Special Reports

Deep military cuts begin as spending decisions lag

Congressional leaders appear to have reach consensus that it is safer politically to allow deep and arbitrary cuts to military budgets than it is to negotiate a large debt-reduction deal that would have names attached.

With Republicans and Democrats unwilling to make difficult decisions to address budget deficits in a balanced way, the military is being forced to cut training; cancel construction projects; defer maintenance of ships, aircraft and vehicles; cancel professional conferences; halt most temporary duty assignments; and interrupt supply and equipment purchases.

Quality of life for the military also is being affected as dependents lose jobs; local economies and businesses lose contracts; and base operations, including family support programs, take immediate budget cuts.

The entire Department of Defense has imposed a civilian-hiring freeze. At least 46,000 temporary employees are getting pink slips, and many more employees under “term” contracts won’t see those contracts renewed.

Gordon Adams, a national security policy specialist with the Stimson Center and a senior White House budget official in the last Clinton administration, said he is “amazed” to watch congressional leaders, in effect, “fold their hands” on trying to prevent deeper defense cuts this year.

With the Iraq War ended and U.S. combat forces scheduled to leave Afghanistan in 2014, defense “is not the centerpiece” of the Capitol Hill budget argument. “The centerpiece is the overall federal budget and (tax) revenue. … This is leadership-driven. The armed services committees are almost irrelevant, which is very unusual.”

Even as Defense officials and military leaders ordered commands to take broad cost-cutting actions, they held out hope that Congress would come to share their concern and take two remedial actions. One is to pass a defense appropriations bill for the fiscal year that began last October, thus removing spending caps imposed by operating through March under continuing budget resolution. The resolution freezes their budgets just below 2012 levels.

Service officials now fear that Congress intends to extend the continuing resolution through September. If so, at a minimum, they seek authority to “reprogram” or transfer money between accounts to fully fund their highest priorities to sustain operations and protect readiness.

Second, Defense officials want Congress to swiftly reach a deficit-reduction deal and avoid budget sequestration, which as adjusted during the Jan. 1 fiscal cliff deal would still impose an 8 percent cut across 2,500 separate defense programs. Sequestration was a scheme Congress concocted in 2011 to scare itself into a debt deal. It has failed.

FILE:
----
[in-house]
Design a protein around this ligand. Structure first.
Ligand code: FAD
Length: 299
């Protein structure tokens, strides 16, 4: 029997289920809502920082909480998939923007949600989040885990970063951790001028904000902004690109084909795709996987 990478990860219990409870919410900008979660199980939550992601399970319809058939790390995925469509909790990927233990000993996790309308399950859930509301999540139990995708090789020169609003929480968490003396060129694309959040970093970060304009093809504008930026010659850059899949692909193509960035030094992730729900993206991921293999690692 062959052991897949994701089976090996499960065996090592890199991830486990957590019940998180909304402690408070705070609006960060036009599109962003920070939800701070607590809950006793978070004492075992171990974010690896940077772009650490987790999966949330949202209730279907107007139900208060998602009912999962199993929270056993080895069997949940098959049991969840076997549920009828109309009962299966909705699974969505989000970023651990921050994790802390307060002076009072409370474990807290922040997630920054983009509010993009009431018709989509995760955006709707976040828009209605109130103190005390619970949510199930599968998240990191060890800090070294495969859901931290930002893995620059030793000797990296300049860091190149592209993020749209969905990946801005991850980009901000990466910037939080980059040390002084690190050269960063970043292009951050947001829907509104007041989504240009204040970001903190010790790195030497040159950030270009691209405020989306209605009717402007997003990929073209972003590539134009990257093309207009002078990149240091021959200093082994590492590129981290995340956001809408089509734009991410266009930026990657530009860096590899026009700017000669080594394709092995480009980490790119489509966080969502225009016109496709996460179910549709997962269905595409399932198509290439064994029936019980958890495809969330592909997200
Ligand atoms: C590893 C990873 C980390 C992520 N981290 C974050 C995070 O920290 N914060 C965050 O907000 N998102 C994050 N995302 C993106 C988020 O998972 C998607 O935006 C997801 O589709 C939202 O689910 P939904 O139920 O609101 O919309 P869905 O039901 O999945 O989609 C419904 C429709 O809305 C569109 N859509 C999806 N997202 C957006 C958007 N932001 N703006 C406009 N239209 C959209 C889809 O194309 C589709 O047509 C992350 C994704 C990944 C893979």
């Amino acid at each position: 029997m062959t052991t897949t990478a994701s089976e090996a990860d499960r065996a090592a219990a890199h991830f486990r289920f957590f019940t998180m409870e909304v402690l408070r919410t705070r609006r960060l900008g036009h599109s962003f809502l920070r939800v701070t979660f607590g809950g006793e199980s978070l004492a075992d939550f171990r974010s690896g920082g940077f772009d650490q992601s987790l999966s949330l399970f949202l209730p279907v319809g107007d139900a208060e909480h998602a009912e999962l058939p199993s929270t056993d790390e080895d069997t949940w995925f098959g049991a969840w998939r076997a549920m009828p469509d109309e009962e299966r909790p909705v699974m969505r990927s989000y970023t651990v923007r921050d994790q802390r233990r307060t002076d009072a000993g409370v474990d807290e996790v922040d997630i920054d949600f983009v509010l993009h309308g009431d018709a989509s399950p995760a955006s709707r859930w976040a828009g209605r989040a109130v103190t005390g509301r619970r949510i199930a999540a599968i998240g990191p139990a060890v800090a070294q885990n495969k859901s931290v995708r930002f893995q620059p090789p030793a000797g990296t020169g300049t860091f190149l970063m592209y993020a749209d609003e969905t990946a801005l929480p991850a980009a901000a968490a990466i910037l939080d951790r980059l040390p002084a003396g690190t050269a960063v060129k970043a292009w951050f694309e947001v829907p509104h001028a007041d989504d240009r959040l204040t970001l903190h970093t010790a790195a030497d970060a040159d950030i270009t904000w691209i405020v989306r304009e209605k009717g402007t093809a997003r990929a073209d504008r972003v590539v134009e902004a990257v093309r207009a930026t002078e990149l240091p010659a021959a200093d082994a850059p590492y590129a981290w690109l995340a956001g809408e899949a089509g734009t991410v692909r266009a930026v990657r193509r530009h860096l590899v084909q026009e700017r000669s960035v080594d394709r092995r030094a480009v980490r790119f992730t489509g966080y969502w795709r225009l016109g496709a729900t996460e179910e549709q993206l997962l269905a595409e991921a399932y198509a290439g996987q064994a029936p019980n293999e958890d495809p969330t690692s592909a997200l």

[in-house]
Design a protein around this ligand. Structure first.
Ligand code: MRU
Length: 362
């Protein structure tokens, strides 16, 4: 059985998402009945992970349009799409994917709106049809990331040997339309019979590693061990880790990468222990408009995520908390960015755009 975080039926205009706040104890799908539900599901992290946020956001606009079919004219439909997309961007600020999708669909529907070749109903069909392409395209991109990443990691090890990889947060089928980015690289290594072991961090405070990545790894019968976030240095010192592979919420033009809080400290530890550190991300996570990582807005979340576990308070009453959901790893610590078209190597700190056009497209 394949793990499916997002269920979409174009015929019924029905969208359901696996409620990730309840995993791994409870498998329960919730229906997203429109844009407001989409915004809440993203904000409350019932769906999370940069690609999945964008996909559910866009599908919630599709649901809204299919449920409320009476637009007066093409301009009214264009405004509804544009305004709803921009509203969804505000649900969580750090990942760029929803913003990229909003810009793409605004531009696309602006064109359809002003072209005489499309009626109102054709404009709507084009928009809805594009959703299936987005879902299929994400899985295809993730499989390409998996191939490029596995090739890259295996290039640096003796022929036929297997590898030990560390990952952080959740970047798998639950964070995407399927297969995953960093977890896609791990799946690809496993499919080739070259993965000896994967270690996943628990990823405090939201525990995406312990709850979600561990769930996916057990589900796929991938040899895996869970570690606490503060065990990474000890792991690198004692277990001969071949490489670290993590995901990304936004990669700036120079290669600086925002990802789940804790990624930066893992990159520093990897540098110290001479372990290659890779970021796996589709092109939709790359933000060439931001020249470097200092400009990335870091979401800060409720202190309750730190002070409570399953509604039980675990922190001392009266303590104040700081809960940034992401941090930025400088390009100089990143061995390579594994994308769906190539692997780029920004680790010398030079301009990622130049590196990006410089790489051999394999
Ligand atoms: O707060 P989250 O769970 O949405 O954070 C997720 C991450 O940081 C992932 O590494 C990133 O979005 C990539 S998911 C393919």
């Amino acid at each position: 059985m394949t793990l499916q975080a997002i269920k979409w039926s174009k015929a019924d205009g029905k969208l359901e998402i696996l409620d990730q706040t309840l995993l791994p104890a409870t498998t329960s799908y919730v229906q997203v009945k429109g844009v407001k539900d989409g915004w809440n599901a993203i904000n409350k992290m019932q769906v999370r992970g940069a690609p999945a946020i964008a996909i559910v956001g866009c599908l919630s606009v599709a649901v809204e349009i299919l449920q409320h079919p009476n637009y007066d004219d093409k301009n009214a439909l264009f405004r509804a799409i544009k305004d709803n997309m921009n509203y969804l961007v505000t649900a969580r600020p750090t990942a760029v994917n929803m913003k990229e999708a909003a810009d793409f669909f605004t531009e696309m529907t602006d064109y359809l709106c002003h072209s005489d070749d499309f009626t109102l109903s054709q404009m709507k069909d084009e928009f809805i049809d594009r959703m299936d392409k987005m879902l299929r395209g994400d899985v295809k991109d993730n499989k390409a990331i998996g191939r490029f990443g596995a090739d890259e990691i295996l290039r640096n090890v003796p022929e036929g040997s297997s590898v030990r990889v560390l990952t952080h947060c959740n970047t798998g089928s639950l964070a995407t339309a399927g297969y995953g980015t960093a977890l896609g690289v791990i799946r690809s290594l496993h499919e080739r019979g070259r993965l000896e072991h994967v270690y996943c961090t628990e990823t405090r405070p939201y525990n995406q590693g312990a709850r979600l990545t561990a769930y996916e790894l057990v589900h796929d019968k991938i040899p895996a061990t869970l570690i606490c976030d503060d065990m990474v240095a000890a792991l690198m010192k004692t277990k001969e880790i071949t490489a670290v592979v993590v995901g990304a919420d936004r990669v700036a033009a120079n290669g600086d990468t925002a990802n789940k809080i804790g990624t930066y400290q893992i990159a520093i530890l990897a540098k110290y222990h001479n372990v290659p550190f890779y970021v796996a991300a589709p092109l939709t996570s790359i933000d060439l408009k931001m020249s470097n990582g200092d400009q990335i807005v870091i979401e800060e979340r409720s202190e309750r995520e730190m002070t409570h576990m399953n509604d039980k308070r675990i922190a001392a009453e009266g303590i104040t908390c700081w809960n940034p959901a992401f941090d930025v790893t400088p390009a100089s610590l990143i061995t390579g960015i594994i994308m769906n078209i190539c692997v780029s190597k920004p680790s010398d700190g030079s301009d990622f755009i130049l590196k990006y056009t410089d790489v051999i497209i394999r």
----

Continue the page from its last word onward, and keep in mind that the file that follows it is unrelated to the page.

Effective Feb. 15, the Navy will cancel private-sector contracts for ship maintenance in the last half of fiscal 2013, affecting 10 ships in Norfolk, Va., 10 more in San Diego and one ship apiece in Bremerton, New London, Conn., and Jacksonville, Fla. This alone will save an estimated $600 million.

“The way we have tried to manage this is to protect forward deployed readiness so that our ships, aircraft and sailors forward deployed can continue to do what they need to do. Their mission won’t be affected,” said Rear Adm. John Kirby, Navy chief of information, in a phone interview.

The next goal is to protect training and readiness for “next-to-deploy forces.” That might not be possible, however, if Congress allows sequestration to take effect, as rescheduled, on March 1, Kirby warned.

Operating under a continuing resolution popped a $4.6 billion hole in Navy operations and maintenance budgets. Sequestration would expand that hole by $4 billion, explained Adm. Jonathan W. Greenert, chief of naval operations, in fleet-wide message Jan. 25. The Navy would have to stop all deployments to the Caribbean and South America, limit European deployments to ballistic missile defense ships only, and cut steaming and flying hours across the fleet. A majority of ships and aircraft preparing for deployment would see stateside training, flying and steaming operations end, he warned, unless fleet commanders find other budget offsets.

That word “unless” in Greenert’s guidance is significant, Adams said. Like the other services, Adams argued, Navy paints worst-case scenarios for operating under a continuing budget resolution through September and taking the additional sequestration hit. When actually forced to take those cuts, Adams said, sequestration would allow flexibility in how operations and maintenance dollars get chopped. The service can, for example, target personnel service contracts, which have ballooned over a decade of war.

“It’s everything from cutting the grass at Fort Belvoir to serving the food at Bagram Air Base,” Adams said. “That’s an area, given our departure from Iraq and coming out of Afghanistan, that ought to be a low priority.”

The Army’s own “risk mitigation” budget guidance directs a 30 percent cut in base operations support to include “reduced levels of installation service delivery and reduced new and current contracts” for the same. To help implement this, Army leaders promise further guidance “on the use of soldiers to perform installation functions.”

Kirby noted that the Navy isn’t drawing down, however.

“All by itself the continuing resolution is going to have a readiness impact. Those ships will have to get maintenance sooner or later, and it is probably going to cost more. Just like maintenance on your car, defer it and when you finally get it into the garage you’re probably going to need more work than you originally needed and it will cost you more.”

“The other cost is time,” Kirby continued. “If you had that ship scheduled for deployment in 2014 or ’15, now it will not be achievable because of needed maintenance. There’s a real readiness impact.”